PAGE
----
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Michael Sayers, president of GECCU. (Photo: Facebook)
Michael Sayers, president of GECCU. (Photo: Facebook)
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A member of GECCU proposed that the board of directors be reprimanded for their handling of the dismissal of Rohan Stowe as CEO in June.

Philbert “P John” John made the call at the Sept. 19 special meeting called by members to demand answers about Stowe’s departure from the credit union after three years on the job.

However, John’s proposal was not put to a vote as Harvey Farrell, who was elected to chair the meeting, did not call for it to be seconded, debated or voted on.

“We need to end this meeting with a decision and I would like to propose the decision,” said John, a social commentator and retired educator.

“The board should be reprimanded. And by that, I mean declaring that the board mismanaged the process and led to more confusion than anything else,” he said.

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“I felt ashamed and embarrassed when we had to go to social media to get the reasons for the termination of the CEO. I didn’t expect that and the manner in which the board and certain members of the board have interacted with us this afternoon, there seems to be some level of contempt shown for the membership and that contempt started from the timeline outlined by Bro. [Joel] Poyer,” John said.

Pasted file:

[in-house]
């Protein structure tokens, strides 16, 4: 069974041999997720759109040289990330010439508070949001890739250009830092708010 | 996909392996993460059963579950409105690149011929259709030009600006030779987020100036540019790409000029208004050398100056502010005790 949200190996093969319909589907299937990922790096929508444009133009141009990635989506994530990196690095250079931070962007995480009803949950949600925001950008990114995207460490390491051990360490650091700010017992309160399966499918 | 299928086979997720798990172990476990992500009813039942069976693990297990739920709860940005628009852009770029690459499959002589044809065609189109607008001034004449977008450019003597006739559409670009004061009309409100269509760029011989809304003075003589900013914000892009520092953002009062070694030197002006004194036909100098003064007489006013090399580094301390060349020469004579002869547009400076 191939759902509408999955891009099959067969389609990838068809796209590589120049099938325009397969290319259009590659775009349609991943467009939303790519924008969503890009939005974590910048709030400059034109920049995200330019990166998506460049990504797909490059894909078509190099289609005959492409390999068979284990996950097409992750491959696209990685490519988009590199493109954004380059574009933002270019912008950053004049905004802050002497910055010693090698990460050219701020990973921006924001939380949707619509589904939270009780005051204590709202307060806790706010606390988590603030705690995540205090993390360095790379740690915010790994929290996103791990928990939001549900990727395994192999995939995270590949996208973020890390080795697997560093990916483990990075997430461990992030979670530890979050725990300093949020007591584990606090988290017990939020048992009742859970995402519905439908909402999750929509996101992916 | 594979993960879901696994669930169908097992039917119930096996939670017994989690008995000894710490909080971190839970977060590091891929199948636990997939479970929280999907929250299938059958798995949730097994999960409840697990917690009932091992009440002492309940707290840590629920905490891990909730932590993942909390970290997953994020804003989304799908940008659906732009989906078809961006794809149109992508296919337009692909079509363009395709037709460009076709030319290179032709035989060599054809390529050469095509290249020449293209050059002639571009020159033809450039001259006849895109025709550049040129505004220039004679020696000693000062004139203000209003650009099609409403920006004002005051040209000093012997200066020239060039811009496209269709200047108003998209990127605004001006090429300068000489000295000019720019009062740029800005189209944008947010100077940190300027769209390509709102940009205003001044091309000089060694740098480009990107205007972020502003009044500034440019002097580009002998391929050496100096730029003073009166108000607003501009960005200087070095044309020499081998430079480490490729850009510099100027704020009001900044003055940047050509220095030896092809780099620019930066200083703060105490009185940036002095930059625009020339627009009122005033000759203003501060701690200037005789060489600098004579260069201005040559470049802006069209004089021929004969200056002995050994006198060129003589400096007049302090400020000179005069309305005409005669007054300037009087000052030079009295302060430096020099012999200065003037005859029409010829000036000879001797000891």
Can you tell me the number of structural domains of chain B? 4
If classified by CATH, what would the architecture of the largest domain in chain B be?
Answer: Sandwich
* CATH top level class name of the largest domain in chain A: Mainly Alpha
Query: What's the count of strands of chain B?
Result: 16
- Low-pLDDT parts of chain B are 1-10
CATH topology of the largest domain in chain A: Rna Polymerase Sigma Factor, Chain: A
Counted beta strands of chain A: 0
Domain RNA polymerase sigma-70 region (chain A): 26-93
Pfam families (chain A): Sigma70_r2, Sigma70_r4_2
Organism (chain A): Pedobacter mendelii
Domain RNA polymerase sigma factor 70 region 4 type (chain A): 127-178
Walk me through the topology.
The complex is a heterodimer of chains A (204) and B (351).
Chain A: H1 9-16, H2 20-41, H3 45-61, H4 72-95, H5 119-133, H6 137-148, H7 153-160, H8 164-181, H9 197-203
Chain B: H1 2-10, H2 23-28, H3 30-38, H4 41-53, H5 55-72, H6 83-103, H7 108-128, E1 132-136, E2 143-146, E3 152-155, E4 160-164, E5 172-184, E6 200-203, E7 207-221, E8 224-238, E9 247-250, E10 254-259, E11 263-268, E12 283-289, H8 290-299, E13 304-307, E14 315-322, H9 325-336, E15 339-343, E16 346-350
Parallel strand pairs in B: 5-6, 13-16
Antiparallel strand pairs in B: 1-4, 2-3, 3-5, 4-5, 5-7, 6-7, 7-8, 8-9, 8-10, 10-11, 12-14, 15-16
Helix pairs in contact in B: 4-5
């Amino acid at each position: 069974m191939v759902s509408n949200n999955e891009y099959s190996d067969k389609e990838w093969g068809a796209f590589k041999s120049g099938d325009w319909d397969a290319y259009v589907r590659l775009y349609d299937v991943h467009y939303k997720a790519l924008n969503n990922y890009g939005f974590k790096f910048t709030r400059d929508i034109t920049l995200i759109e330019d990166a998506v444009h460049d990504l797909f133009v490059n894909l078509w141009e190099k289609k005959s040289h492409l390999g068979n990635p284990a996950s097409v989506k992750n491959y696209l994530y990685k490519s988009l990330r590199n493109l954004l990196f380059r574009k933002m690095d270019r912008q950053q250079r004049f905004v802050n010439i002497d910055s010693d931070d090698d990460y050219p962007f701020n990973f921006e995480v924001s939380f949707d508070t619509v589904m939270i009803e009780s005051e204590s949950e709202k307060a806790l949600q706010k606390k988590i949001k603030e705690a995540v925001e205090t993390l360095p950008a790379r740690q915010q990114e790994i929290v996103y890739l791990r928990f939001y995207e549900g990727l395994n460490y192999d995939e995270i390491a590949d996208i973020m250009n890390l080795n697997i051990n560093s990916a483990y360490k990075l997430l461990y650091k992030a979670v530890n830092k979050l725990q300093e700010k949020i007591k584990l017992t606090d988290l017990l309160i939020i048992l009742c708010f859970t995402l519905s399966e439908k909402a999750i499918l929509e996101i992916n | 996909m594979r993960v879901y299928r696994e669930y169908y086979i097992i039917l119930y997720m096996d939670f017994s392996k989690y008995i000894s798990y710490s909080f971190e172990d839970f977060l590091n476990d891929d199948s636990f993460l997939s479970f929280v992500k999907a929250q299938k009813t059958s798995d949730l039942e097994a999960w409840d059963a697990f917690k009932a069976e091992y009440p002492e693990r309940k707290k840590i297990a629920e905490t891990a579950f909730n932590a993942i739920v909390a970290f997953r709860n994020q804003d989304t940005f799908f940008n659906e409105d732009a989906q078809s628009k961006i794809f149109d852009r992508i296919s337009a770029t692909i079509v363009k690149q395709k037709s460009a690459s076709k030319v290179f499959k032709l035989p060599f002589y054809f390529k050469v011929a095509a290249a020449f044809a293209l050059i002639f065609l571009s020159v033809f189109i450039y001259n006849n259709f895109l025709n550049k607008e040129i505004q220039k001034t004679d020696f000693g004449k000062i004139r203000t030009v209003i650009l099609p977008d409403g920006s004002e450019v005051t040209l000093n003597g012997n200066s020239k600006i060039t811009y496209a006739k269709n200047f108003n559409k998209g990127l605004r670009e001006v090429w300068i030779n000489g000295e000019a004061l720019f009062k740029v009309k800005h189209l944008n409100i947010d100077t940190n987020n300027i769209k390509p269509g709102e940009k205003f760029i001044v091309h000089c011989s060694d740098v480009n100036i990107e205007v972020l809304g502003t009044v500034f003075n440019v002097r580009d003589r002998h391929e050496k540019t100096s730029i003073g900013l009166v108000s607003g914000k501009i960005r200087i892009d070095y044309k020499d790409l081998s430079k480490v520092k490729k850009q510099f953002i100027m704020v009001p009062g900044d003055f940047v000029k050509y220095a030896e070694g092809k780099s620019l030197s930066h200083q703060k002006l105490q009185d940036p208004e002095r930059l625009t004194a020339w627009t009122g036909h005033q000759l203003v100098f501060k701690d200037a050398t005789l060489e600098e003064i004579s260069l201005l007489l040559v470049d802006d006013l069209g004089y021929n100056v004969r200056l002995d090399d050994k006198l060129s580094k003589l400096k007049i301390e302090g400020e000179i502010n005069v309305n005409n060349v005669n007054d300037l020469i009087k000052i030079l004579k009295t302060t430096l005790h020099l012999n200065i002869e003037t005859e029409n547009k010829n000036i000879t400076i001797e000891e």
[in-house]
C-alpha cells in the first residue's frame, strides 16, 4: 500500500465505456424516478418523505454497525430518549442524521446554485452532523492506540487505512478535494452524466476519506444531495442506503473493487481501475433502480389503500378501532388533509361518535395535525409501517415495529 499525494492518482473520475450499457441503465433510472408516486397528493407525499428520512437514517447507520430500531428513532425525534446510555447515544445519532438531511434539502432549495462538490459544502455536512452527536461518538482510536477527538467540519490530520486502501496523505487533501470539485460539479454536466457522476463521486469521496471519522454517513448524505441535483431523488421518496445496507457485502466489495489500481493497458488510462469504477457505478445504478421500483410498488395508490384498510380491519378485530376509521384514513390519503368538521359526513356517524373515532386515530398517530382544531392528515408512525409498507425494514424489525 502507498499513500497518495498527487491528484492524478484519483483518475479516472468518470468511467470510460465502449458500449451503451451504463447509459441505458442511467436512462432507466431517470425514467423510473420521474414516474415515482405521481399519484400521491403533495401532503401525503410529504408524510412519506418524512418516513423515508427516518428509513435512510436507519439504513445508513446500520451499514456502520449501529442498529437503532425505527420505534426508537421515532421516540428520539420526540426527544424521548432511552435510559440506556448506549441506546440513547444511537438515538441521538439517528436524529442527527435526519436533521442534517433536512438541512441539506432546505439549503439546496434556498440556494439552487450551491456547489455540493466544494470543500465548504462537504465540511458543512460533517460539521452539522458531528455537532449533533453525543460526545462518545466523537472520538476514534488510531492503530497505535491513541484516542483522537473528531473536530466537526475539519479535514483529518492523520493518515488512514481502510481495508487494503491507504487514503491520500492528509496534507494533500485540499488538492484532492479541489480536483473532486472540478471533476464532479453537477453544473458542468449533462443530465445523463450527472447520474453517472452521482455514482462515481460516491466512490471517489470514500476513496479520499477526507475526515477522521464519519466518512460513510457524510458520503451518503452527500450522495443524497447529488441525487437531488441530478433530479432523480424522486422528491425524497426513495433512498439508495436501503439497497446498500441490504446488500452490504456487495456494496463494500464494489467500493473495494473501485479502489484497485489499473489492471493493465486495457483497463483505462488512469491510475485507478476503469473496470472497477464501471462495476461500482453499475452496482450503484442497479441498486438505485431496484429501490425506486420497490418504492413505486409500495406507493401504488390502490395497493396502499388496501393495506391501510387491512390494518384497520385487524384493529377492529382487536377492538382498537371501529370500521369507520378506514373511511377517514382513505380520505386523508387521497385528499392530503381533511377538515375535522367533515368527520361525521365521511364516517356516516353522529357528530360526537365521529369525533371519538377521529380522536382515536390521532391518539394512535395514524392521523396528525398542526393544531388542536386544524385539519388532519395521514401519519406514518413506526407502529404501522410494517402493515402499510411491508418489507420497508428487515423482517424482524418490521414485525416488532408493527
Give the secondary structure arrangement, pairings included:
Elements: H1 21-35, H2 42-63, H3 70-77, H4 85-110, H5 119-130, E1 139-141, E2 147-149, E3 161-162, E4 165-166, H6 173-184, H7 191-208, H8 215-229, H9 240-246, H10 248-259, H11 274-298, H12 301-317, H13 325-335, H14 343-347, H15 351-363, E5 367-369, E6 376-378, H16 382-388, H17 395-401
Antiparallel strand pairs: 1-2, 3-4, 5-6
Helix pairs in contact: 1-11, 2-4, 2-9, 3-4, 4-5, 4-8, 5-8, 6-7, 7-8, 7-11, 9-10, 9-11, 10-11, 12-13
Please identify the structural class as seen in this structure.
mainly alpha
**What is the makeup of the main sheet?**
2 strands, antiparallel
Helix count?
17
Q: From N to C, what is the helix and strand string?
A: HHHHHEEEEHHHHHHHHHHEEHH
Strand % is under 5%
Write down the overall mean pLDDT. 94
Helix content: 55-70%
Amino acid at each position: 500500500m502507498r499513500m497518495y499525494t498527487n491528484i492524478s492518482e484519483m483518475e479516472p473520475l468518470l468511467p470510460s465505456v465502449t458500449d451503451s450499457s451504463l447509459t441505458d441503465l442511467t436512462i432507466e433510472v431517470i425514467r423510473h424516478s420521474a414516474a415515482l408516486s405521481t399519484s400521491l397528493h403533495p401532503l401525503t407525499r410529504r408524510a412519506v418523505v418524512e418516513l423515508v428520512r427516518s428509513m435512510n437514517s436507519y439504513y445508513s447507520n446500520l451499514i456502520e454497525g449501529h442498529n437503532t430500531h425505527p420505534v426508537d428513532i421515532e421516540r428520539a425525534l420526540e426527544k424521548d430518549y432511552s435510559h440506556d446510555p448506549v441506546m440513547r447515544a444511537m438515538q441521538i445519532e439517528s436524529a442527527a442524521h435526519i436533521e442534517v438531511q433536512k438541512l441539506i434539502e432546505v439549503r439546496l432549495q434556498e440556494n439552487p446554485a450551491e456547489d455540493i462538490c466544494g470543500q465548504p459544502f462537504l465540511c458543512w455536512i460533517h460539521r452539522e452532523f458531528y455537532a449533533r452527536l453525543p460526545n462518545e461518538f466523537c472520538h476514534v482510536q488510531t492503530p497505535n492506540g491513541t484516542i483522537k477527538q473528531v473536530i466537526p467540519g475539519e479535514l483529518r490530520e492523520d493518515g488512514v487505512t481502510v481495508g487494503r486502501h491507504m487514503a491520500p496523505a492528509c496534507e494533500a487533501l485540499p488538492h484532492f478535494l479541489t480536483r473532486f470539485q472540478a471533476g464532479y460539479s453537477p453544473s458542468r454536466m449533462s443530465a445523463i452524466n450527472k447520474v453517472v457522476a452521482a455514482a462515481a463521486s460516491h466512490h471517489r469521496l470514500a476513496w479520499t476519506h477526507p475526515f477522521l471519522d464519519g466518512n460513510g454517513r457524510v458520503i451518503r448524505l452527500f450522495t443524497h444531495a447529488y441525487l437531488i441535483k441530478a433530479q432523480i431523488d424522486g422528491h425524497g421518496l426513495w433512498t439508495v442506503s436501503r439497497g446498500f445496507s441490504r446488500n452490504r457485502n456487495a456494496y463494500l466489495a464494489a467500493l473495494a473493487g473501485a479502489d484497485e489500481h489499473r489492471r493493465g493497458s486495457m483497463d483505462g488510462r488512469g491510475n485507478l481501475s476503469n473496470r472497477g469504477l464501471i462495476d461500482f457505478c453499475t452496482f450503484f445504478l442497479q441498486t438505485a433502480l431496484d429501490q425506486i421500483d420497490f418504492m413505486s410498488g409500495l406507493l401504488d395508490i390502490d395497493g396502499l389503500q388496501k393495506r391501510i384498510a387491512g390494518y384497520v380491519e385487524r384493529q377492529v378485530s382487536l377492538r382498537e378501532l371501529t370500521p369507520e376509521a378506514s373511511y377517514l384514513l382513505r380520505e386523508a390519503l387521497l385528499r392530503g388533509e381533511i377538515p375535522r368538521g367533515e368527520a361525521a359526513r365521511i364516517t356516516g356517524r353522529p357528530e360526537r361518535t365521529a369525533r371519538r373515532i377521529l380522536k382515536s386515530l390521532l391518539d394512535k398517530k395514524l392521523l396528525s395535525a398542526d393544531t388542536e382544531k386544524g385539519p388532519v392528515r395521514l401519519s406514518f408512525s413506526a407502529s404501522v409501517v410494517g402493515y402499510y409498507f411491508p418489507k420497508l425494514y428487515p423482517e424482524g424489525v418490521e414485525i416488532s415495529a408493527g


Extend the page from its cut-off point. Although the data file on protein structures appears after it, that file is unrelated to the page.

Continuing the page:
Earlier in the meeting, Poyer had said that he had seen documents indicating that the board decided on June 6 to fire Stowe.

He noted that at the annual meeting on June 8, the board spoke glowingly of Stowe, then fired him on June 26.

John said:

“The matter was already dealt with before the AGM. We went to the AGM, nothing was said. And we have to hear it on social media of all places. And it’s as if the board didn’t want to give any information whatsoever this afternoon.”

Members had to push the board to answer about Stowe’s dismissal, even as this was the reason for the meeting, which was triggered in keeping with the credit union’s by-laws.

Philbert John
Retired educator and social commentator, Philbert John. (IWN file photo)